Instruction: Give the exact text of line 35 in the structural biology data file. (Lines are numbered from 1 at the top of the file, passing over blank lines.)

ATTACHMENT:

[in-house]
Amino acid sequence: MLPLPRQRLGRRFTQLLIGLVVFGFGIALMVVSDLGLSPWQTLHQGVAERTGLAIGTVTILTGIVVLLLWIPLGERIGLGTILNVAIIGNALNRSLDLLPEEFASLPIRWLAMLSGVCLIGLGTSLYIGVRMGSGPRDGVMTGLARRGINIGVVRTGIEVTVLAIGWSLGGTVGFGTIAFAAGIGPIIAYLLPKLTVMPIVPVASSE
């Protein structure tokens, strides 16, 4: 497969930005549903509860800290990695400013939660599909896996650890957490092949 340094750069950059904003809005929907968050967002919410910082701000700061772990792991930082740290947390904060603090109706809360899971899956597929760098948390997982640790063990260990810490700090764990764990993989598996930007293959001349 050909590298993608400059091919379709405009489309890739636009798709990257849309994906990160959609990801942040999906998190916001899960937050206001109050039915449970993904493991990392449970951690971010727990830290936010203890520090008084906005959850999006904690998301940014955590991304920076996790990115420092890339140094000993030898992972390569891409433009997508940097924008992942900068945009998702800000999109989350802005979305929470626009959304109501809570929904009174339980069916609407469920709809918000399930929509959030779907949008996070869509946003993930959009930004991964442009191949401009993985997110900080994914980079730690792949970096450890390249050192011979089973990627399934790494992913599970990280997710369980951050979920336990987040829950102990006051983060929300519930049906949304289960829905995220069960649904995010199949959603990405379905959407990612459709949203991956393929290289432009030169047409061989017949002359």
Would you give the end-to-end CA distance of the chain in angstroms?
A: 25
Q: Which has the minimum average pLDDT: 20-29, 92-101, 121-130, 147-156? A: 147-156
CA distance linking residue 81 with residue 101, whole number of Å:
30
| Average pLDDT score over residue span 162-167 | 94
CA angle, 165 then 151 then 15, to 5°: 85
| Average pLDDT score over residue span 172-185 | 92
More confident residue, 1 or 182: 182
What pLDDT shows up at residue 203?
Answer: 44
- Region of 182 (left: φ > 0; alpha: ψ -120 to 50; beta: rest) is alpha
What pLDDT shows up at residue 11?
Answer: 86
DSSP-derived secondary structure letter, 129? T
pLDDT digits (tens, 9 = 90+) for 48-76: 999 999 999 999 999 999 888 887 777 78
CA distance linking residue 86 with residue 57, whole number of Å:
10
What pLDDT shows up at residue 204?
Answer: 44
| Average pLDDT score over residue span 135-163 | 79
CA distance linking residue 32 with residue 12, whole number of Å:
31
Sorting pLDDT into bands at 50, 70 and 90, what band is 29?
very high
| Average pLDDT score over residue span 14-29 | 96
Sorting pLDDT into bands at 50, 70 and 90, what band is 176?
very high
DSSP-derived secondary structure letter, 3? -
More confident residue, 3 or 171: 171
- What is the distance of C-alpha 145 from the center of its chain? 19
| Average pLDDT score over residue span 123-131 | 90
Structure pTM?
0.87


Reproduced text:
| Average pLDDT score over residue span 123-131 | 90